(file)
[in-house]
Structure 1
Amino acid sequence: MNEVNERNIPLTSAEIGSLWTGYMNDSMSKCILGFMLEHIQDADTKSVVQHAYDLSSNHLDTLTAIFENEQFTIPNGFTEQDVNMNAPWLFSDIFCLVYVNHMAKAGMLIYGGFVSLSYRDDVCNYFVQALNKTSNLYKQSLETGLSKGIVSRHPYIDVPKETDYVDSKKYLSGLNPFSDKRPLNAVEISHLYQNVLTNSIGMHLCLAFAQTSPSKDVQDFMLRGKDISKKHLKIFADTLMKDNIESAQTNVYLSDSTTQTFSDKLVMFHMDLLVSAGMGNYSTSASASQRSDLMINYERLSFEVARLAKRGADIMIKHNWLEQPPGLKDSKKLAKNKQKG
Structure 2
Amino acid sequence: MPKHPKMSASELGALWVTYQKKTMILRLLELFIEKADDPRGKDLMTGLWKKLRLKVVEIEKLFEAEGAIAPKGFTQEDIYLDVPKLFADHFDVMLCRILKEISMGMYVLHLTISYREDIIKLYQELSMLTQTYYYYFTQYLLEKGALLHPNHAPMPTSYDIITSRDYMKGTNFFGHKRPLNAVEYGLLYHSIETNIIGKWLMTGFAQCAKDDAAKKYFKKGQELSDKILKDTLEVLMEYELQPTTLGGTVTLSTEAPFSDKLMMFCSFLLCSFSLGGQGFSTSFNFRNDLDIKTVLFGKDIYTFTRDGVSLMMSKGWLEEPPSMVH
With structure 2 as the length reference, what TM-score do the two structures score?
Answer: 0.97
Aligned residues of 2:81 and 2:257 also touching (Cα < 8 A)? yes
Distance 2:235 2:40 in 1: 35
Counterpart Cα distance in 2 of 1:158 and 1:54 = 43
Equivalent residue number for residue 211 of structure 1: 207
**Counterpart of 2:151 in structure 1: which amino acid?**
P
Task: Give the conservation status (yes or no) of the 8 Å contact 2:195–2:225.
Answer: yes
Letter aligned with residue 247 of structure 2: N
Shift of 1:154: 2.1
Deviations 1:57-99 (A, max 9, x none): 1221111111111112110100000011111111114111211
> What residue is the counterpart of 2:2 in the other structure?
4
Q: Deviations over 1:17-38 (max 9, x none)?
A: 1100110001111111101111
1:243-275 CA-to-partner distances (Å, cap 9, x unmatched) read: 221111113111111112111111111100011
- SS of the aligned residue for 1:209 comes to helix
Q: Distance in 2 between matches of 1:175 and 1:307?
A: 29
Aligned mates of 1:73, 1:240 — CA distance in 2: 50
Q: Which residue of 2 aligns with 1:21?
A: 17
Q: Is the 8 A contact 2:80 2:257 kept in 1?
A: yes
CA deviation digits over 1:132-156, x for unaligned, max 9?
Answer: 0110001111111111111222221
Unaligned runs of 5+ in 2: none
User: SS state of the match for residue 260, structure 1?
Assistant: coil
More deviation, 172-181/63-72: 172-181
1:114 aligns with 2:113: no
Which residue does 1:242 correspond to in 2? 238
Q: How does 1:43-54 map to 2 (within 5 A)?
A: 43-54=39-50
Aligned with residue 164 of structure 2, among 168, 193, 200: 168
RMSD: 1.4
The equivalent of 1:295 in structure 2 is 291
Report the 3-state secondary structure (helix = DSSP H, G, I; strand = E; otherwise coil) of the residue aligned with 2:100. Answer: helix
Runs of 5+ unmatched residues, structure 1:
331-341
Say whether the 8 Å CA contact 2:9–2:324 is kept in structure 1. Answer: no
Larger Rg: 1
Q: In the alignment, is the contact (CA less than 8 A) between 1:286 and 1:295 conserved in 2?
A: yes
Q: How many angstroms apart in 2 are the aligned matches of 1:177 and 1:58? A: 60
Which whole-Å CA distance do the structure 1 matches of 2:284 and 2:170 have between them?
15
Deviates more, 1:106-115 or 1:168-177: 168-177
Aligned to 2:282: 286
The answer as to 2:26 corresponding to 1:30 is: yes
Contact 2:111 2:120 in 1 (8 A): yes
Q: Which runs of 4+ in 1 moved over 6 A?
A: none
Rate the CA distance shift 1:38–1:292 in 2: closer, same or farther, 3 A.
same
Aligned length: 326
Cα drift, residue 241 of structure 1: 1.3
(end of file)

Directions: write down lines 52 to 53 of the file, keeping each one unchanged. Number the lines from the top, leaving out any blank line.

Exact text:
Q: How many angstroms apart in 2 are the aligned matches of 1:177 and 1:58? A: 60
Which whole-Å CA distance do the structure 1 matches of 2:284 and 2:170 have between them?